I have a large family. My maternal and paternal sides often party together. As a child, I remember going to huge parties at my maternal great grandmother’s home. My great grandmother had sixteen children, and I can’t tell you how many grands, great grands, nieces, nephews, etc. she had. She had a modest home in South Philly, and if you were to walk by on any given day, you’d never guess how many people could fill her home when she threw one of her legendary parties. Cora was the ultimate hostess. When it was time to leave, often in the wee hours of the morning or later the next day, she’d want to give everyone a big hug and kiss goodbye. But that goodbye was multiplied by tens and tens. From every corner of every room, you’d hear “give your uncle a big hug and kiss” or “hey, girl, give me some sugar”. This was the routine. I’d often leave her house smelling of Newport 100s, Virginia Slims, stall Schaefer beer and saliva. I was bombarded with kisses and hugs that I tried to shy away from but was never successful. And it never seemed as if I was allowed to say “no.” And this tradition continues. Lots of kisses, hugs and back pats sans permission.

When I was pregnant with my daughter, my wife and I had long discussions about how we would parent. My friends with kids used to joke with us about best-laid plans. We knew our expectations of parenting would crash with the reality of parenting. But one thing we knew for sure is we’d teach our child about body autonomy. When she was born I loved nothing more than to sniff her head, kiss all over her face and hold her tight. But as she got older, we learned very quickly she knew what body autonomy was, even if she didn’t know the word for it. About a year ago, when she was learning to put sentences together, my wife and I were putting her down for bed. We read her a few stories, let her watch a few minutes of her favorite app and then turned off the lights. I went to kiss her forehead and she said “no mommy.” And although I was taken aback, because she had never said it, in that moment, I knew I had to respond accordingly. So, I said “ok, baby.” And that was it. Now that she’s a little older, I ask if she wants mommy’s kisses instead of asking for kisses. And the same goes for hugs and any physical contact with her. And this intentional approach drives my family to distraction.

My wife and I are often met with complaints about how we parent our child. When she tells other people she doesn’t want to be touched or backs away from their touch, their eyes focus on us as if we’re supposed to discipline her for not wanting to be touched or kissed by other people. And often it feels like some expect it as payment for gifts or compliments. As determined as we were to make sure people respected her boundaries; it was and still is difficult for people to accept the reasons why. I have to constantly explain to adults that children’s bodies are their own, and they are entitled to enforce boundaries.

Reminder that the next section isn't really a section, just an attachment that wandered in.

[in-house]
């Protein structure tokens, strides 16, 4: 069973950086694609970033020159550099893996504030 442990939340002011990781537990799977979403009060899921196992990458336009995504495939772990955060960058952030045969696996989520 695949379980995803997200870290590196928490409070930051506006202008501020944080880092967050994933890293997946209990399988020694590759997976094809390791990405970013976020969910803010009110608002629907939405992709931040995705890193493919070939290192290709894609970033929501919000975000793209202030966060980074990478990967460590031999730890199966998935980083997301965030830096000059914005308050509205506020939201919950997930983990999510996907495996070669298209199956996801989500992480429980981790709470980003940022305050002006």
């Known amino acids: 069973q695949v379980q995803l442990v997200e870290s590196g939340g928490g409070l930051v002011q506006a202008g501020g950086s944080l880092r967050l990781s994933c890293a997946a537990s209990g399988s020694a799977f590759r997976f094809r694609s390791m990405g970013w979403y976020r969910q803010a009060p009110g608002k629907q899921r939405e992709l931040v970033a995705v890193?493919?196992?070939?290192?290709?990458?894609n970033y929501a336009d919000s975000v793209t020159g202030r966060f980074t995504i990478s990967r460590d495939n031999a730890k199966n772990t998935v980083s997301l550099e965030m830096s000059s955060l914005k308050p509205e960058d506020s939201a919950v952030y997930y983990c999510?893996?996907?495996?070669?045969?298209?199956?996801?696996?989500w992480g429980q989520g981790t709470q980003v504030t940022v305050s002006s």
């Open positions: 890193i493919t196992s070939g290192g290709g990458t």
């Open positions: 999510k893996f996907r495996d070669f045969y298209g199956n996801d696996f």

This intentional approach to teaching our daughter about boundaries, autonomy and consent was amped up when we were preparing for her for preschool. Before she began in August, my wife and I made sure she knew the medical terms for her body parts, because we wanted her to be able to understand and communicate to us in case someone violated her in any way. I would touch her nose and she would say ‘’mommy touched my nose.” One day on our walk home from school she told me someone touched her hair. I asked her if they asked to touch her hair and she said “no mommy.” I asked if they stopped when she asked and she told me they did. I didn’t minimize her frustration. This was a teachable moment because I could have responded “it’s just hair” and who knows the impact those words could have had on her. Who knows if those words would deter her from telling me if someone touched another part of her body? I wanted her to know I will always believe her and validate her feelings. Always believe your children. Always.

The idea that children’s bodies belong to them and no one else is considered revolutionary in my family, and that’s the saddest part of all. No one should ever wonder why most adults fail to understand the concept of body autonomy and consent when they believe a child should not have the right to say “no” when it comes to their bodies.

– Creighton Leigh

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